Prof. M.S. Krishnamurthy, born in Muliya-Alike, Bantwal Taluk, South Kanar District, Karnataka completed his initial education from prestigious Institution of Karnataka-Sri Sathya Sai Loka seva Education Trust (R) Alike. He completed his BAMS with IInd Rank and Gold Medal from ALN Rao memorial Ayurvedic medical college, Koppa and Post graduation MD (Ayu.) in Bhaishajya Kalpana in 2002, from IPGT and R, Jamnagar. His PG, Dissertation grabbed best thesis award (2002-Pune). He started his career as a lecturer in Alva’s Ayurved medical college, Moodbidri. During the period he got selected in UPSC (2000), CCRAS (2001) and Medical Officer (Direct recruitment-2005 Karnataka). But he continued as an Academician in the Ayurvedic College itself.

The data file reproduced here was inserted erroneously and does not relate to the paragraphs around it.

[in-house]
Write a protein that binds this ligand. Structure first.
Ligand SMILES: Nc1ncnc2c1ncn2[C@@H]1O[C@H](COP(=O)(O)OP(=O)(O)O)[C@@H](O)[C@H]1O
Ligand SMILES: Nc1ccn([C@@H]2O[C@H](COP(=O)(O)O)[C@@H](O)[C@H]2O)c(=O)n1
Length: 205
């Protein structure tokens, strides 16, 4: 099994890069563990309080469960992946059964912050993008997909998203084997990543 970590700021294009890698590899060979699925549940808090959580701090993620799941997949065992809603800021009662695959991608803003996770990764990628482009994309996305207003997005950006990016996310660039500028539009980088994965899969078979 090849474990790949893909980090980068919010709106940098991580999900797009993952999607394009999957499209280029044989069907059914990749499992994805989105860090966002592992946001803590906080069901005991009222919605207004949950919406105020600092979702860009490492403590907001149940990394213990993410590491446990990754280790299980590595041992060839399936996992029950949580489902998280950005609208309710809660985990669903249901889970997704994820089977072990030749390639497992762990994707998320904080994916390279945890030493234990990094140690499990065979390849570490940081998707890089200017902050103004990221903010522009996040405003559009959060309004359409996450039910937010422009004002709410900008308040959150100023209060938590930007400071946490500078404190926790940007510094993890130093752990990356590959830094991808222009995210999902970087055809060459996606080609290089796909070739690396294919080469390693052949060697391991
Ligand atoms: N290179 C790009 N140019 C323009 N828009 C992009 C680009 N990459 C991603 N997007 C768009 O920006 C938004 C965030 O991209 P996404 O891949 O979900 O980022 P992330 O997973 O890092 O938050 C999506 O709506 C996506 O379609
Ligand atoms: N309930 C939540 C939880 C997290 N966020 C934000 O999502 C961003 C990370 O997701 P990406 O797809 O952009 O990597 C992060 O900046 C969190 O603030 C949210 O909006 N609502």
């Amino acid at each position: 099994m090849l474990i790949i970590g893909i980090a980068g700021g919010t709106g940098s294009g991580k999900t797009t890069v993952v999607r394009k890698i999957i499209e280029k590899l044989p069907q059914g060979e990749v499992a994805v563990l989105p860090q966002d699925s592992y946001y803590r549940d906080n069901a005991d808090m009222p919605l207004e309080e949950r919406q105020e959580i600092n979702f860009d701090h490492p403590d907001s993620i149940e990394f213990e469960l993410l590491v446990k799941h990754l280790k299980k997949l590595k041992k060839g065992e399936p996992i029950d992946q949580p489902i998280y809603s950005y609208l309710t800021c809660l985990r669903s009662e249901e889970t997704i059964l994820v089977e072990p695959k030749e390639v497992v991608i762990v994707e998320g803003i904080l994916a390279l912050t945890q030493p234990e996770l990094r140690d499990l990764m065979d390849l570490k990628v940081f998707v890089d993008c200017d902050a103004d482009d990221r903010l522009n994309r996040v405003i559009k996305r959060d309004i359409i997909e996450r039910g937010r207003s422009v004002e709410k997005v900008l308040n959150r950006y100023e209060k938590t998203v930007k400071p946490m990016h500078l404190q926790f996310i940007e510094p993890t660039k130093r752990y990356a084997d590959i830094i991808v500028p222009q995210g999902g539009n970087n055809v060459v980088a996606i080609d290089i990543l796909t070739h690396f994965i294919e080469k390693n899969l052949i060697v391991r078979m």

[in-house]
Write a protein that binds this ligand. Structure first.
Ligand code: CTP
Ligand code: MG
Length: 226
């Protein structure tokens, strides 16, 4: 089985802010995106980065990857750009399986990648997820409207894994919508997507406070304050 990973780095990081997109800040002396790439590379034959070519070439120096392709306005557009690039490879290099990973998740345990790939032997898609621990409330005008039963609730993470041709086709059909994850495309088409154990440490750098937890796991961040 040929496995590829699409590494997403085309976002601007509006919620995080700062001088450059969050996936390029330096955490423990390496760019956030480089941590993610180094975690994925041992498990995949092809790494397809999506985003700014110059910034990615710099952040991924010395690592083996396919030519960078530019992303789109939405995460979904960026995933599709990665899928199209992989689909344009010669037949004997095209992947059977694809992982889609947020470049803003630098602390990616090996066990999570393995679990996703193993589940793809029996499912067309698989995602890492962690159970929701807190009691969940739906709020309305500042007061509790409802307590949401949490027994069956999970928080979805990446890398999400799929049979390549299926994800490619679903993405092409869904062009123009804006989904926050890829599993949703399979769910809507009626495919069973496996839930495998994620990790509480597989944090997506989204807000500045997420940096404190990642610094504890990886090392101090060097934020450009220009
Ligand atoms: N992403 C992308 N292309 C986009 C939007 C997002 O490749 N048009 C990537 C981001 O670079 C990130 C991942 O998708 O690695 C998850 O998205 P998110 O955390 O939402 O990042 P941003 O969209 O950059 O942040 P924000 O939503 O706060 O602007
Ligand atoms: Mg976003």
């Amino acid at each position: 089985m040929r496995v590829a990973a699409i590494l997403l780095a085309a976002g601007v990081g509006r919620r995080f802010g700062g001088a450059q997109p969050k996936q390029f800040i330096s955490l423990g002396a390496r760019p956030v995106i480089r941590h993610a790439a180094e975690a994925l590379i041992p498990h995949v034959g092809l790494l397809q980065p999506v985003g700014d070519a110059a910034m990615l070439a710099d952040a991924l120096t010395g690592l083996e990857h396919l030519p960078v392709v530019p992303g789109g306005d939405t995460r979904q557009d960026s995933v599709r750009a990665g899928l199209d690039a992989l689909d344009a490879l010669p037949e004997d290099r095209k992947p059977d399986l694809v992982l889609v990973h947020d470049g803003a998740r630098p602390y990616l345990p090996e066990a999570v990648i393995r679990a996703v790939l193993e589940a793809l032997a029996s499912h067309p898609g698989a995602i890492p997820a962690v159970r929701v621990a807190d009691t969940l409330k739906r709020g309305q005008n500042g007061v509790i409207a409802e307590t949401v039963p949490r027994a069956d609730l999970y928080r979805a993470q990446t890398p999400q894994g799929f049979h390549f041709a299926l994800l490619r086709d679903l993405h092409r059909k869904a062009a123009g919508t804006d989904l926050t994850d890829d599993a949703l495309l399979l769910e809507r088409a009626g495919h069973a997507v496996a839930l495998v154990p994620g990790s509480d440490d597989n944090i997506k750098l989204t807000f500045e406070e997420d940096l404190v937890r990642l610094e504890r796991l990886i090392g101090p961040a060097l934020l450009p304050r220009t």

The Author obtained his Ph.D. from NIA, Jaipur (2008) under the able guidance of Prof. L.K. Dwivedi for his work entitled “Pharmaco-chemical study of Takrarista and its SOP standardization.”
The author is also has the credit of young scientist Award (1999), National Congress on Traditional Medicine, Varanasi, and Bharateeya Vijnana Parishada Puraskar (2001-2005).
Presently, he is working as a Professor and HOD, PG Department of Bhashajya Kalpana, Alva’s Ayurveda Medical College, Moodbidri, Karnataka. He is a reviewer for many of the indexed journals and has published more than 20 scientific papers in National and International journals.
Basavarajeeyam is a noble work of renowned Ayurvedic physician of Andhra Pradesh Shree Neelakanta Basavaraja Kottoru. Even now it is used as a handbook by the practitioners of South India, especially in Andhra Pradesh, Kerala and Karnataka. The book is complete in 25 prakaranas (chapters). The book gives due emphasis to the Nadi pareeksha-Pulse examination, Mutra pareeksha-Urine examination, Visha nidana-Poisoning and its remedies, Karma vipaka-effects of bad deeds of various diseases and Rasa shastric drugs. Several successful simple preparations of his experience are also quoted in Telugu verses.